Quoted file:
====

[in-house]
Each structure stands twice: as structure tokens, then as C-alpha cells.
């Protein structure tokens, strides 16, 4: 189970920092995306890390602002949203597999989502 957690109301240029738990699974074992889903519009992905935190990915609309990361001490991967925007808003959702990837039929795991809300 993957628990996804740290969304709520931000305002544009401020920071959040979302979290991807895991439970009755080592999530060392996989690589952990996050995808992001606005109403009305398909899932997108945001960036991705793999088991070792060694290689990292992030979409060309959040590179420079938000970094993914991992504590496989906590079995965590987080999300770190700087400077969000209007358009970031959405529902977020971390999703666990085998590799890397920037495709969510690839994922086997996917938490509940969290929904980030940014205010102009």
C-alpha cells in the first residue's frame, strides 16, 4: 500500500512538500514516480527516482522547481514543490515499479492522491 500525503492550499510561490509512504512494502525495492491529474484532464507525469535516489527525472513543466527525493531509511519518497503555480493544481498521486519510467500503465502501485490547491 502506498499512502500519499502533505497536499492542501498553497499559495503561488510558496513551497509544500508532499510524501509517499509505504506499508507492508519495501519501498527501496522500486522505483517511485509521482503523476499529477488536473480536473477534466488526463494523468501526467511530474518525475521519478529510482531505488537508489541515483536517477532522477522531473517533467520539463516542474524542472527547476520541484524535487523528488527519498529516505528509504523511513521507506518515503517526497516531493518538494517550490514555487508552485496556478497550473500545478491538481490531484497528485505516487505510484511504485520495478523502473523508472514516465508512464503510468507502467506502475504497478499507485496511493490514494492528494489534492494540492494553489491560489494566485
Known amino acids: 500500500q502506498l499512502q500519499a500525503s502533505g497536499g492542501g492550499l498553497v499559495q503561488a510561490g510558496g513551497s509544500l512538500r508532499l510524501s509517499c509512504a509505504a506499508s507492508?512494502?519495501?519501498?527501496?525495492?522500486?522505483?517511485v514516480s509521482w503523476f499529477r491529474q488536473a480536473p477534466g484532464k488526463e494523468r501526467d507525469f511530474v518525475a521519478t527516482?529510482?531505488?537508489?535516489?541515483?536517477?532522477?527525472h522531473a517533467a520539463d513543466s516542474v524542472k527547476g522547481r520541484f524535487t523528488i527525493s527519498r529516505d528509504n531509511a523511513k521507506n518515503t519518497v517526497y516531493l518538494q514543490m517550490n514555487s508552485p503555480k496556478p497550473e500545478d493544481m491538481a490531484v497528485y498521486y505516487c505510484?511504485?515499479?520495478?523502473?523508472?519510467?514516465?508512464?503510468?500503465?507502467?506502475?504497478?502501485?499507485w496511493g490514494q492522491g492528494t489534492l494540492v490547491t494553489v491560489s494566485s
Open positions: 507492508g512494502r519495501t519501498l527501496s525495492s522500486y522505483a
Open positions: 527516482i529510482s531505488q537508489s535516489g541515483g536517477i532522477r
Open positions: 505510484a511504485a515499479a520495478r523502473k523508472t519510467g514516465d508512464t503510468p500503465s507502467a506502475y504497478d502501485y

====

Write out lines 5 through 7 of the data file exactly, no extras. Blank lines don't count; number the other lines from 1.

Known amino acids: 500500500q502506498l499512502q500519499a500525503s502533505g497536499g492542501g492550499l498553497v499559495q503561488a510561490g510558496g513551497s509544500l512538500r508532499l510524501s509517499c509512504a509505504a506499508s507492508?512494502?519495501?519501498?527501496?525495492?522500486?522505483?517511485v514516480s509521482w503523476f499529477r491529474q488536473a480536473p477534466g484532464k488526463e494523468r501526467d507525469f511530474v518525475a521519478t527516482?529510482?531505488?537508489?535516489?541515483?536517477?532522477?527525472h522531473a517533467a520539463d513543466s516542474v524542472k527547476g522547481r520541484f524535487t523528488i527525493s527519498r529516505d528509504n531509511a523511513k521507506n518515503t519518497v517526497y516531493l518538494q514543490m517550490n514555487s508552485p503555480k496556478p497550473e500545478d493544481m491538481a490531484v497528485y498521486y505516487c505510484?511504485?515499479?520495478?523502473?523508472?519510467?514516465?508512464?503510468?500503465?507502467?506502475?504497478?502501485?499507485w496511493g490514494q492522491g492528494t489534492l494540492v490547491t494553489v491560489s494566485s
Open positions: 507492508g512494502r519495501t519501498l527501496s525495492s522500486y522505483a
Open positions: 527516482i529510482s531505488q537508489s535516489g541515483g536517477i532522477r